BT chooses Canonical to support 5G core roll-out from 2022
BT has selected Canonical, a publisher of public cloud operating system Ubuntu, to assist in its next generation 5G core by using Charmed OpenStack, an open source virtual infrastructure manager.
London-based Canonical is supporting the telco’s transition to a cloud-based core network as part of BT’s network functions virtualisation (NFV) programme. BT’s open source cloud-based approach will allow it to deploy new services and increase capacity to support 5G and fibre-to-the-premises (FTTP) customer demand.
“BT has recognised the efficiency, flexibility and innovation afforded by an open architecture, and realises the value of such an approach in enabling its delivery of new 5G services," said Mark Shuttleworth (pictured above), CEO of Canonical. "We’re delighted to be working with them to deliver the foundation to this approach, which will underpin BT’s 5G strategy.”
48088BT’s EE mobile network switched on 5G in six launch cities in May 2019: London, Birmingham, Cardiff, Manchester, Edinburgh and Belfast. BT says the cloud-based full 5G core will be introduced from 2022.
In June, BT also chose Juniper Networks to support the delivery of its cloud infrastructure initiative, which will allow various lines of its business to operate on a single platform.
Canonical said that its architecture will facilitate the delivery of BT’s full 5G core network, with Openstack cloud software separating network hardware and software to turn core network components into software applications. This allows faster updates and continuous integration and development, it said.
The separation also allows different network applications to share the same hardware across data centres, making the network more resilient and scalable when additional capacity is needed.
Canonical said the speed at which software can be updated compared to replacing core network equipment “will lead to a new way of working for the development of 5G services where BT can build new services in weeks and deploy in days”.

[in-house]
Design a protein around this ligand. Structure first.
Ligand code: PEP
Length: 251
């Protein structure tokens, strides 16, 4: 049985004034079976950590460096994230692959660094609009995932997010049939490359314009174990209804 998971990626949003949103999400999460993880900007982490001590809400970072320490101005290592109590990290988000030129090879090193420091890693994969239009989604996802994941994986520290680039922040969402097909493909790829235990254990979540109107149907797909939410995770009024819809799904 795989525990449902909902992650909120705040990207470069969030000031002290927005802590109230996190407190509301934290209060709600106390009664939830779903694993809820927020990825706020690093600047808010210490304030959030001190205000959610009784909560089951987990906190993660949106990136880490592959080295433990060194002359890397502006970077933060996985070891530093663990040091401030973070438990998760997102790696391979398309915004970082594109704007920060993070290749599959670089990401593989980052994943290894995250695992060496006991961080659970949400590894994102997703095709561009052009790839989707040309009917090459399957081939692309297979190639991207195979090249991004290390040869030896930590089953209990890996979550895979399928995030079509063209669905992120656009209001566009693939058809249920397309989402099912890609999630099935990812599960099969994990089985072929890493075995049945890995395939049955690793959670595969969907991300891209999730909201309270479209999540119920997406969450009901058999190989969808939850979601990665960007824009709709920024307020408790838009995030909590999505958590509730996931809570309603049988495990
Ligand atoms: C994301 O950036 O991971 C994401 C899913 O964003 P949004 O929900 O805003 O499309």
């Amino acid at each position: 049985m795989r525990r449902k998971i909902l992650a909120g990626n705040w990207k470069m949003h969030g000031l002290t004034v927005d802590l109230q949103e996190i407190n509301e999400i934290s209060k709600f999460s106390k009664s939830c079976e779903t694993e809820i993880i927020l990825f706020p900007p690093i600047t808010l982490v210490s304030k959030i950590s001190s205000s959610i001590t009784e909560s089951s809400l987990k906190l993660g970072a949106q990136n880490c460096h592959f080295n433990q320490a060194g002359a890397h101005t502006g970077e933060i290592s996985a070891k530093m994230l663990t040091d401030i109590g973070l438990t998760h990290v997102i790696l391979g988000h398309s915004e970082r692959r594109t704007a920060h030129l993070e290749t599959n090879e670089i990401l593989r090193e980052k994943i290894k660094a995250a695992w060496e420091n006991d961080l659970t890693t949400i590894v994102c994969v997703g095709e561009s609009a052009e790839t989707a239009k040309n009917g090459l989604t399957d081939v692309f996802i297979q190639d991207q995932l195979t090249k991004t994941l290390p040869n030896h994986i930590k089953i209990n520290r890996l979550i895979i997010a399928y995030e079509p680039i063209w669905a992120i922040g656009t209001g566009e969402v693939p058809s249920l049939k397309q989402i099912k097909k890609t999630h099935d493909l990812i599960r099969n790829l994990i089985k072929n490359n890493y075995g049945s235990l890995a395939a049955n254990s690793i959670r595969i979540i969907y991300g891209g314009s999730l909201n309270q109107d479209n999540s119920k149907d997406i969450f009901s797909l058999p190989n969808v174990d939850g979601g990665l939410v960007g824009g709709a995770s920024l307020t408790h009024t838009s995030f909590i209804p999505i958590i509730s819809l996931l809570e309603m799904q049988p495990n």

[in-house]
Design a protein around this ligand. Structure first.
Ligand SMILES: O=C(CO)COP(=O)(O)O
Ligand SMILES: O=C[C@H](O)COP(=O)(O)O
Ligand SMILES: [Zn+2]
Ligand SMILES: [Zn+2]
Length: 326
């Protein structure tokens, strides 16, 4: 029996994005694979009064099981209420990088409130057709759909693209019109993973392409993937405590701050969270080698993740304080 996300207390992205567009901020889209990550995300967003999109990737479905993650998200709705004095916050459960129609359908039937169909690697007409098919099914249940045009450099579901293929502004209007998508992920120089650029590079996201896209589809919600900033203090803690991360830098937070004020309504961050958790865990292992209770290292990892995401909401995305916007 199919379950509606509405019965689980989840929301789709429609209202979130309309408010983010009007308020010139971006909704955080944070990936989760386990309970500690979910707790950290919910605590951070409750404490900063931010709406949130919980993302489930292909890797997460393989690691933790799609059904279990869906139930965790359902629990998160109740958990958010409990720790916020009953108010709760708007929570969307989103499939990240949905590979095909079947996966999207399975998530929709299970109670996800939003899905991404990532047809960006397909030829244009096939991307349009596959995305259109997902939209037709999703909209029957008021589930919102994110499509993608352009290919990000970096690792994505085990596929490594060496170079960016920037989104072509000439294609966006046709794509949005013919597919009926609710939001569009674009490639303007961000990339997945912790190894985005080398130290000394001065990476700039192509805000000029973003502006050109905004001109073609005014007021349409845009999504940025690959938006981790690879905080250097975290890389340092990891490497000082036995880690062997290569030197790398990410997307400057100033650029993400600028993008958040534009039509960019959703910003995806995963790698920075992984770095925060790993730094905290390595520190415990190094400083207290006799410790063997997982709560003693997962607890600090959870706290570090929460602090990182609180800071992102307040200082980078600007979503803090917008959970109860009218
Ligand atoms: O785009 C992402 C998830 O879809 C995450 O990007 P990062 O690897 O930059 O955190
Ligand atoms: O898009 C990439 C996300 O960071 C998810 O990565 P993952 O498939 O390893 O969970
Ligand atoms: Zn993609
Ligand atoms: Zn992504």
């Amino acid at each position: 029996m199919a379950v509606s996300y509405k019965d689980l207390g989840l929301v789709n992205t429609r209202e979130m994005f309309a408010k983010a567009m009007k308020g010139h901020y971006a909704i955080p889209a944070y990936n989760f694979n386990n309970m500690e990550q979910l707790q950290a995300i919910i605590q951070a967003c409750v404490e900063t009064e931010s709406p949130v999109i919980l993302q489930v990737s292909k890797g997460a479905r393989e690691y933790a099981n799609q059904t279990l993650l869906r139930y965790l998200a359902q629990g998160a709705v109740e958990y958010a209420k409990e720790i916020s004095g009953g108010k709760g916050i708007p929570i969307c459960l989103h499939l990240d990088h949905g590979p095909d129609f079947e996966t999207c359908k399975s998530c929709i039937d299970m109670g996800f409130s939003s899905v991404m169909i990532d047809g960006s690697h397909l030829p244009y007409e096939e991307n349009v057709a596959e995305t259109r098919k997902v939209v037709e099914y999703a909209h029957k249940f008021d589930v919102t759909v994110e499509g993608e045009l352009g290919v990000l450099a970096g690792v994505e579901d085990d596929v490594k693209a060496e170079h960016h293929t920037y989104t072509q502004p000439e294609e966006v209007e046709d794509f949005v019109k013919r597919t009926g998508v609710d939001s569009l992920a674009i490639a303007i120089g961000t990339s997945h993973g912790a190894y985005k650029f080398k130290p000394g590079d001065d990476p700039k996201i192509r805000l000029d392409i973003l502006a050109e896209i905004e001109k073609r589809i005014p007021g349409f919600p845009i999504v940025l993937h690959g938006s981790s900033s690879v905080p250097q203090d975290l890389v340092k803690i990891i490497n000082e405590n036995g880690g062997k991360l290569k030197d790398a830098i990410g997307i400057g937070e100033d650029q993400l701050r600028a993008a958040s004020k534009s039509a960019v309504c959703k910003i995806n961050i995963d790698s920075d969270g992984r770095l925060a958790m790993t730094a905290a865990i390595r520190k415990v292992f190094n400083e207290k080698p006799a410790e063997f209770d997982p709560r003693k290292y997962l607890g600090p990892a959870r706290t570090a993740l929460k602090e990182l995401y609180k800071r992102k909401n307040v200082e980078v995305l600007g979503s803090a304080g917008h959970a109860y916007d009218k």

Higher bandwidth, lower latency and growing 5G coverage is set to deliver a more responsive network, enabling mobile augmented reality, real-time health monitoring, and mobile cloud gaming.
“Canonical is providing us with the ‘cloud-native’ foundation that enables us to create a smart and fully converged network,” said Neil McRae (pictured middle), chief architect of the BT group. “Utilising open source and best-of-breed technologies will ensure we can deliver on our convergence vision, and enable a world-leading 5G and FTTP experience for our customers.”
Canonical said that the full 5G core is a “vital step” on BT’s convergence of network technologies, and will bring together fixed, mobile and Wifi “into one seamless customer experience”.
It added: “Further developments, able to be introduced with more agility thanks to the cloud-based architecture, will introduce ultra-reliable low latency communications (URLLC), network slicing and multi-gigabit-per-second speeds. This phase of 5G will enable critical applications like real-time traffic management of fleets of autonomous vehicles, massive sensor networks with millions of devices measuring air quality across the entire country, and the ‘tactile internet’, where a sense of touch can be added to remote real-time interactions.”
Learn more about the race for 5G between network operators in an article that investigates the latest 5G partnership developments and how much hangs in the balance without a structured approach to spectrum allocation.